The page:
We’re going to go out on a limb and say that for most, this won’t inspire confidence. Walking my dog down the main road in my town, the Sony WH-CH510 is frustrating, but at the SoundGuys office: perfectly fine. Your mileage will vary depending greatly on where you listen, and whether or not the Sidetone feature is working in a predictable way.
How do you control the Sony WH-CH510?
Controls for the Sony WH-CH510 are very simple, albeit frustrating. On the back of the right ear cup, there’s a physical button cluster that contains a power/multifunction button, as well as volume up and volume down buttons. The volume buttons pull double duty, handling track forward/track back—just hold the up (forward) or down (back) button until you hear a chime to move tracks—but that can lead to some early mixups. The time window to skip back a track is so narrow using the buttons that it’s almost impossible to actually go back. I’ve only successfully done it once. The best you’ll probably get is restarting the song you’re on.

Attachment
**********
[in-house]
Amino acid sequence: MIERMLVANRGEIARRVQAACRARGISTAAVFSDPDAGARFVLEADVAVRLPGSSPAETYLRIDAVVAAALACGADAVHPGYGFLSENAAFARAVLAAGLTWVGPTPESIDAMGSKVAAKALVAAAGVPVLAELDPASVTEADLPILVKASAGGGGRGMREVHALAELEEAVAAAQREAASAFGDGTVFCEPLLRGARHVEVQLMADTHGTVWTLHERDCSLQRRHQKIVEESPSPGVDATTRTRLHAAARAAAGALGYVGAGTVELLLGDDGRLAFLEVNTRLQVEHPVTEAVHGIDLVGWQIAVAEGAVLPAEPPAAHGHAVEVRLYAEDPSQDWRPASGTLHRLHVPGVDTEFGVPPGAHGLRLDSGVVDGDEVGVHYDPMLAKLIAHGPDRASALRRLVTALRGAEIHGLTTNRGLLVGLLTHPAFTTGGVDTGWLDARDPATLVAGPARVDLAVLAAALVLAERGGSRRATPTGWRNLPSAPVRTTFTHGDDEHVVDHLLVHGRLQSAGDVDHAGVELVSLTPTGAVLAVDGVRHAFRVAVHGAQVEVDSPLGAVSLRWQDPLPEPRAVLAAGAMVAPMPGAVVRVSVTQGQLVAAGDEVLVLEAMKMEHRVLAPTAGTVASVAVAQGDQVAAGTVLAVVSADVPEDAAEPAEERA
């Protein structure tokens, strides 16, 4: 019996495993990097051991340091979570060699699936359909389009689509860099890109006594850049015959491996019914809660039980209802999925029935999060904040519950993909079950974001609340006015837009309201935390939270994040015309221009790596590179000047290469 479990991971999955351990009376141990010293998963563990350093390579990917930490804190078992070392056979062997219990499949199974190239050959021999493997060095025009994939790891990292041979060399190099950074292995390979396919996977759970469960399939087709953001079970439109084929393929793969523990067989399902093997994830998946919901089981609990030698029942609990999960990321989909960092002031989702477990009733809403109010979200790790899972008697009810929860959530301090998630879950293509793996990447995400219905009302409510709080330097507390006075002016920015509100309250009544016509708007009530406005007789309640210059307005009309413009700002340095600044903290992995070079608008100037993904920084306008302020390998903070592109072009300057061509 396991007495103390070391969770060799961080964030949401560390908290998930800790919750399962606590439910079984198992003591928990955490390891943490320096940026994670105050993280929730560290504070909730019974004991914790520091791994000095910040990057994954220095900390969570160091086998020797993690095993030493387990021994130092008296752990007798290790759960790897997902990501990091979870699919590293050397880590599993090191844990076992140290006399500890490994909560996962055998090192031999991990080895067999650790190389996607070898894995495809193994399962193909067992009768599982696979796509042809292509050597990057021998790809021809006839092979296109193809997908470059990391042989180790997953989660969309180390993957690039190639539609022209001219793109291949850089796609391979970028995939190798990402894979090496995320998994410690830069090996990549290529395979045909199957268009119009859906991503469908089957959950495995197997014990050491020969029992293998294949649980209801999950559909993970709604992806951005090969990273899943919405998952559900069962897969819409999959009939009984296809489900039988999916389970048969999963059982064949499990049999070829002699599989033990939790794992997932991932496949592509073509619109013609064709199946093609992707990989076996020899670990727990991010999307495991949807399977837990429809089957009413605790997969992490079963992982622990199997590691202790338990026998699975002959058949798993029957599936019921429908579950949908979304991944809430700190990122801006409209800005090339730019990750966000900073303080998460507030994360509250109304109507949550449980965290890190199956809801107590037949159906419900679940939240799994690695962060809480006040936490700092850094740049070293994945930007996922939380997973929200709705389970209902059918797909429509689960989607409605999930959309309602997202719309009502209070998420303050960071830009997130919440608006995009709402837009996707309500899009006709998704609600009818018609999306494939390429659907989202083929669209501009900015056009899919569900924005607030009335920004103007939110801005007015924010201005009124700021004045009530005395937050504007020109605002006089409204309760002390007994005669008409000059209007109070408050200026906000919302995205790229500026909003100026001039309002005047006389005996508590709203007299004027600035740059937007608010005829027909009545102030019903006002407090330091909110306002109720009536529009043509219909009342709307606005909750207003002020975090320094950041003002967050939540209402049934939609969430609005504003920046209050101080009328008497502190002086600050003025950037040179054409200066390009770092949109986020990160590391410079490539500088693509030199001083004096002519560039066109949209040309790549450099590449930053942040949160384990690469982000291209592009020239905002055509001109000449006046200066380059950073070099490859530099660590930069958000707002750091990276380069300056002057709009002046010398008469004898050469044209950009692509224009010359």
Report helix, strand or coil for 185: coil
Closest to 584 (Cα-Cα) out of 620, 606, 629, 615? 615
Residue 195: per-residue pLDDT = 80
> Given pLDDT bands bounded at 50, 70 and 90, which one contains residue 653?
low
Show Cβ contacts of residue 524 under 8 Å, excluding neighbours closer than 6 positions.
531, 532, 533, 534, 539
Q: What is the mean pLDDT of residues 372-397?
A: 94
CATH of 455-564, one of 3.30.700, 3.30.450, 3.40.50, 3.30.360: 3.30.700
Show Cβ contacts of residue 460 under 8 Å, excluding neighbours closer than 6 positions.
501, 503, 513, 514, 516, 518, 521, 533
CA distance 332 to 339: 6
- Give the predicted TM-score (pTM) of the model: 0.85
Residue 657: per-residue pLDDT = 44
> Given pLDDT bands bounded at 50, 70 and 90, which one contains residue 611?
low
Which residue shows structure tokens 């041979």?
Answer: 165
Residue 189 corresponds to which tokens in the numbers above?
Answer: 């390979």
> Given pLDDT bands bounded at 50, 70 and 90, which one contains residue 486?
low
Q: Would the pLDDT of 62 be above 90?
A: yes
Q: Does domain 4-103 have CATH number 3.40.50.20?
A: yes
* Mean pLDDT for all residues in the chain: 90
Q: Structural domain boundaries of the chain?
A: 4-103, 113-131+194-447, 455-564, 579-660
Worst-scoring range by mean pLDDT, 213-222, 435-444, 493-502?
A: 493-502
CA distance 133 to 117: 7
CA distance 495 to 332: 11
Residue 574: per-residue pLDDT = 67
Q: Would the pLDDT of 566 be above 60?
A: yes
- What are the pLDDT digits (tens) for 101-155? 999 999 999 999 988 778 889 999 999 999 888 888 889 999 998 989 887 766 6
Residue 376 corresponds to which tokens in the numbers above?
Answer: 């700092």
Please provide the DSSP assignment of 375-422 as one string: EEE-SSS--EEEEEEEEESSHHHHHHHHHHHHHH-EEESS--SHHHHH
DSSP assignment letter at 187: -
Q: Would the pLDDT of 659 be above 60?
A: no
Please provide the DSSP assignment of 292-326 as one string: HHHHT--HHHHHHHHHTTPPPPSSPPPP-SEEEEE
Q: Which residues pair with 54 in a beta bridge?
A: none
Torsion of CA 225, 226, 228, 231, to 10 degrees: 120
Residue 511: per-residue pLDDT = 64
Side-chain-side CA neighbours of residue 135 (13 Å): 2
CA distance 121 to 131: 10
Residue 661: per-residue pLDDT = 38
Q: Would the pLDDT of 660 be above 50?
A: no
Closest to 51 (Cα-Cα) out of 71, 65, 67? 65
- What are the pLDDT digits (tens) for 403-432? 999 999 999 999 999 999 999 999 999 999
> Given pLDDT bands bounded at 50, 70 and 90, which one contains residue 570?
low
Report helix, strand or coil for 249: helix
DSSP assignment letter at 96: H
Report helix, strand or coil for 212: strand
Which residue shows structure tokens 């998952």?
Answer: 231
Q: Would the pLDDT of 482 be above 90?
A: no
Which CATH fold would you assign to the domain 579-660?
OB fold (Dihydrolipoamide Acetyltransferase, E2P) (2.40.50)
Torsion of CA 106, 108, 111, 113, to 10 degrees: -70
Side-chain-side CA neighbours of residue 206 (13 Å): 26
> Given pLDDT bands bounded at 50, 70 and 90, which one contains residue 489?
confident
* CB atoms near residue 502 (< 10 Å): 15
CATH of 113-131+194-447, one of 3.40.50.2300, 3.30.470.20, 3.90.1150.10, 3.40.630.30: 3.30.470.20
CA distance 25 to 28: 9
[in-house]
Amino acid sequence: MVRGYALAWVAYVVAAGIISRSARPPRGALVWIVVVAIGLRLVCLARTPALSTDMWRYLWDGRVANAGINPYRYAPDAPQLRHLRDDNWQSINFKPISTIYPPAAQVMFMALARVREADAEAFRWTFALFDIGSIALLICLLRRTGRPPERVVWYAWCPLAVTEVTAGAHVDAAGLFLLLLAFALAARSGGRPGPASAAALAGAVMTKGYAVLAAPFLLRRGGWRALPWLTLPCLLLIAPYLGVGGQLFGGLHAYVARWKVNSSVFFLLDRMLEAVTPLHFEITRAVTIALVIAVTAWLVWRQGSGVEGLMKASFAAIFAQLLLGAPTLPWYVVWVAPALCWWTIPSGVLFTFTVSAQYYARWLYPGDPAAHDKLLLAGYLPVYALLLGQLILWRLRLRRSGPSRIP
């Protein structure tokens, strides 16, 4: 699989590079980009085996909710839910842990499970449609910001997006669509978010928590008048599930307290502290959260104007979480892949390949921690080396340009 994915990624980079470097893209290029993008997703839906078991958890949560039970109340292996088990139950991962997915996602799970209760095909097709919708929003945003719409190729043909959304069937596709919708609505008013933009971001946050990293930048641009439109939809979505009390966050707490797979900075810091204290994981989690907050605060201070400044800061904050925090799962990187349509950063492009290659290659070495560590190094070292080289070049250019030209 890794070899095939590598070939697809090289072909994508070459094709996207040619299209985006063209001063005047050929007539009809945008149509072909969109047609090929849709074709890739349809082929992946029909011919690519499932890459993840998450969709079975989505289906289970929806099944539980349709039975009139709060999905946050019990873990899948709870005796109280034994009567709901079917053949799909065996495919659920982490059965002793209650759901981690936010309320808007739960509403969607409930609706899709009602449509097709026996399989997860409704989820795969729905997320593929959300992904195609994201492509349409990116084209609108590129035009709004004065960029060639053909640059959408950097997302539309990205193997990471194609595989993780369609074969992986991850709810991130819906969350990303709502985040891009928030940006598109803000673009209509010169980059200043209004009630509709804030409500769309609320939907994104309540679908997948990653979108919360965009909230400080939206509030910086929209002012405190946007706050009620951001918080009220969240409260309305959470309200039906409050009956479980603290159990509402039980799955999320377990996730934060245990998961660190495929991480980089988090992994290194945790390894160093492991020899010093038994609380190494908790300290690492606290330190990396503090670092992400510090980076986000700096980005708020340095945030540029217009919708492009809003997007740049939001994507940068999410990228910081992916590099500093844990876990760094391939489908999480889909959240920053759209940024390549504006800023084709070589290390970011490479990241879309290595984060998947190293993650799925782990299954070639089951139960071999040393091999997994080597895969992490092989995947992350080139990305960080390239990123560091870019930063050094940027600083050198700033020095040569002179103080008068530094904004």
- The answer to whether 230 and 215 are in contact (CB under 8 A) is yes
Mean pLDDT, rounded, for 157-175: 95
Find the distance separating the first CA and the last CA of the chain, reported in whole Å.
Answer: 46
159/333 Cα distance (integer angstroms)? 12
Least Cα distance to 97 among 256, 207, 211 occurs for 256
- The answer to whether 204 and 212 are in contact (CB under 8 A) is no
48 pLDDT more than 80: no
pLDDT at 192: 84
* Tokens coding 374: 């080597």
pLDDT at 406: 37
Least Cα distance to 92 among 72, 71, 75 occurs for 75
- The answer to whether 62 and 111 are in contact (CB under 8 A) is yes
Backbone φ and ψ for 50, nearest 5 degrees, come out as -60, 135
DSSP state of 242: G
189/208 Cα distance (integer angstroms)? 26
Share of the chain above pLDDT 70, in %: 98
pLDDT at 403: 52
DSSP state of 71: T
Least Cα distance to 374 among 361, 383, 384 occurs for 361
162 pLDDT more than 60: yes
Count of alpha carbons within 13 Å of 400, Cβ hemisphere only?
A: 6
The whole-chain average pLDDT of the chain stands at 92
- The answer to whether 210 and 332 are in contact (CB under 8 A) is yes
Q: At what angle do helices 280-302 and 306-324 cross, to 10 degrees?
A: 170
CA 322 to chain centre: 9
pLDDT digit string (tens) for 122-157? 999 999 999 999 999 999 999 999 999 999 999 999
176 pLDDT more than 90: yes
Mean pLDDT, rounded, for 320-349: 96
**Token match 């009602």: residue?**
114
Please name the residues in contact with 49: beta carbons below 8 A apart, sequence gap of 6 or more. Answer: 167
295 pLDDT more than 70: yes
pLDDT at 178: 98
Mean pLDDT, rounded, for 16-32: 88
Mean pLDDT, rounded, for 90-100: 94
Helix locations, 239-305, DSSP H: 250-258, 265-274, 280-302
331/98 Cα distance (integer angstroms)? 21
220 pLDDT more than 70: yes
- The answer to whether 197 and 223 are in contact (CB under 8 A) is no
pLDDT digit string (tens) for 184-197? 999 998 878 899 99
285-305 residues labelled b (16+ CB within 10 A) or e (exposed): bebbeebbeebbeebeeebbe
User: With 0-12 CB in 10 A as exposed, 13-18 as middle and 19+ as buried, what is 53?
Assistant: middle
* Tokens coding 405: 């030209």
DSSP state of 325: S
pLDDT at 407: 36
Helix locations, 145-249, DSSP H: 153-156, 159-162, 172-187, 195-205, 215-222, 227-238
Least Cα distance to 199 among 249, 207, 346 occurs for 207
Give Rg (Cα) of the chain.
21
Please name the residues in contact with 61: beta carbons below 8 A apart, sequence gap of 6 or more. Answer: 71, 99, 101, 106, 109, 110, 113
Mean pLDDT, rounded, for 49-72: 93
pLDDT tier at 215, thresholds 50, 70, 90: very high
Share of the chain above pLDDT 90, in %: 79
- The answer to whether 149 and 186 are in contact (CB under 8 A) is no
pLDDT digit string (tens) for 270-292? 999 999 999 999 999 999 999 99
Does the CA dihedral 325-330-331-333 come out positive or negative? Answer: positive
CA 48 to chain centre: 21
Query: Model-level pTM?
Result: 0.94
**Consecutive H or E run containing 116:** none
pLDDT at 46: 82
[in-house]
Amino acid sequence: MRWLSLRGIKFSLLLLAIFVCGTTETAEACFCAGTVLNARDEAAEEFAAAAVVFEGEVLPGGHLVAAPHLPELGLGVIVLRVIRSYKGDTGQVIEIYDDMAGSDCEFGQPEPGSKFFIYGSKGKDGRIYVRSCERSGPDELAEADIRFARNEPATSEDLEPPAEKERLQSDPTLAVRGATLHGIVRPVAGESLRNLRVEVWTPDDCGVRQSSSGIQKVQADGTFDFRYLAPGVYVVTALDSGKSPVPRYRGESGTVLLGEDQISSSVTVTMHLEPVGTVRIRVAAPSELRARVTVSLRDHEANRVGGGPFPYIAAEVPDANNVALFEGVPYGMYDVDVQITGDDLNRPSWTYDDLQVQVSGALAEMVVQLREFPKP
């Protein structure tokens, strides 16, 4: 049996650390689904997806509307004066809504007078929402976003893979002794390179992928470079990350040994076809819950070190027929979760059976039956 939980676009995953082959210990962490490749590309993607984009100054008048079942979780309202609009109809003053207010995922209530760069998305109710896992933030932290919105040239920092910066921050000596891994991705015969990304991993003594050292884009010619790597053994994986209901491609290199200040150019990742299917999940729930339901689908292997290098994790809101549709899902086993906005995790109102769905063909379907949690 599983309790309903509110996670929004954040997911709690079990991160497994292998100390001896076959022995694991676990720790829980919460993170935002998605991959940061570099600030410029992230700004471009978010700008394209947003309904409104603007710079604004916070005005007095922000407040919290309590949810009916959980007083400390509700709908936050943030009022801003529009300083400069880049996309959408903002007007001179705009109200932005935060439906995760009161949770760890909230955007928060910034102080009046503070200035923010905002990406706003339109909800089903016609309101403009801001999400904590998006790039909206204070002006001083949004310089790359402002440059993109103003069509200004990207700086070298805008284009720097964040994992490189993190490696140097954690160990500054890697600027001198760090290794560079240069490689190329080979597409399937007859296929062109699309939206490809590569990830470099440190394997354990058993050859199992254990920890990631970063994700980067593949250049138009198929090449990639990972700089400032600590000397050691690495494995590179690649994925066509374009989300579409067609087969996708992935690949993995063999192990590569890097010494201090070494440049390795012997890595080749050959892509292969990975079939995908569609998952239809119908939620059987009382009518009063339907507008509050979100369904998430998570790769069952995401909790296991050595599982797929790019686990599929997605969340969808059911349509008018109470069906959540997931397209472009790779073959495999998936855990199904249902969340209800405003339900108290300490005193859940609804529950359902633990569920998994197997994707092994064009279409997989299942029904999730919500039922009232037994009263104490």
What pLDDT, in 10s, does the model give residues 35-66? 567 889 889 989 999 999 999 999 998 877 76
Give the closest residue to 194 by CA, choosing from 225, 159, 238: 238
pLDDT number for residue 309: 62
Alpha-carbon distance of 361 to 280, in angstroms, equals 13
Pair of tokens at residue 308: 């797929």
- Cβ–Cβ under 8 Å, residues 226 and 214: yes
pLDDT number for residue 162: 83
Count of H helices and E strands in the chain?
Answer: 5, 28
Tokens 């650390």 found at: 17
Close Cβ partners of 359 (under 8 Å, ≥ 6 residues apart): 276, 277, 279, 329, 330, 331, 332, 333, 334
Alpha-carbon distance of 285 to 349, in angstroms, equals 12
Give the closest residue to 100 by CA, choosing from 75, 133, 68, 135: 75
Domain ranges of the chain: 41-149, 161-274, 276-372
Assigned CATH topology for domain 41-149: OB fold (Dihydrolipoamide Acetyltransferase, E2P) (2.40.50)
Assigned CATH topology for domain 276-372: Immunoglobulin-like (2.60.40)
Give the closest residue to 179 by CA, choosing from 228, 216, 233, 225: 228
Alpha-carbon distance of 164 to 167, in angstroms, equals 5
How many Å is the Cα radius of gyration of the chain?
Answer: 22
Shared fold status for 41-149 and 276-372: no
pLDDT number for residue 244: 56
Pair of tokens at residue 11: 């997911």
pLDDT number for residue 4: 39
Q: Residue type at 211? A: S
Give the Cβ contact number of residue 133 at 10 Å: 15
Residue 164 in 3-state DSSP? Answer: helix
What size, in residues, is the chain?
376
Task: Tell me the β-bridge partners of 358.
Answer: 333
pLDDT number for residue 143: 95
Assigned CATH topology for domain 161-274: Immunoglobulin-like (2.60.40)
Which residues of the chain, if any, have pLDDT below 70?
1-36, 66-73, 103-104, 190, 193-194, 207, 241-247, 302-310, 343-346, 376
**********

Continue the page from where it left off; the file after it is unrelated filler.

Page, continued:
|Key||One press||Double press||Hold|
|One pressDouble press|
Power / multifunction
Power / pair
|One pressDouble press|
Double-tapping the power button calls up the voice assistant on an Android or Apple phone. While it’s a fairly standard feature on higher-end headphones, this inclusion is a pretty nice add at the entry level.
How do you connect to the Sony WH-CH510?
The Sony WH-CH510 can connect to your source via Bluetooth 5.0, either with the SBC or AAC Bluetooth codecs. Long gone are the days where this is much of an issue, but if you were hoping for higher-quality codecs: you’re out of luck. Additionally, there’s no physical 3.5mm port, so you can’t use the Sony WH-CH510 wired either.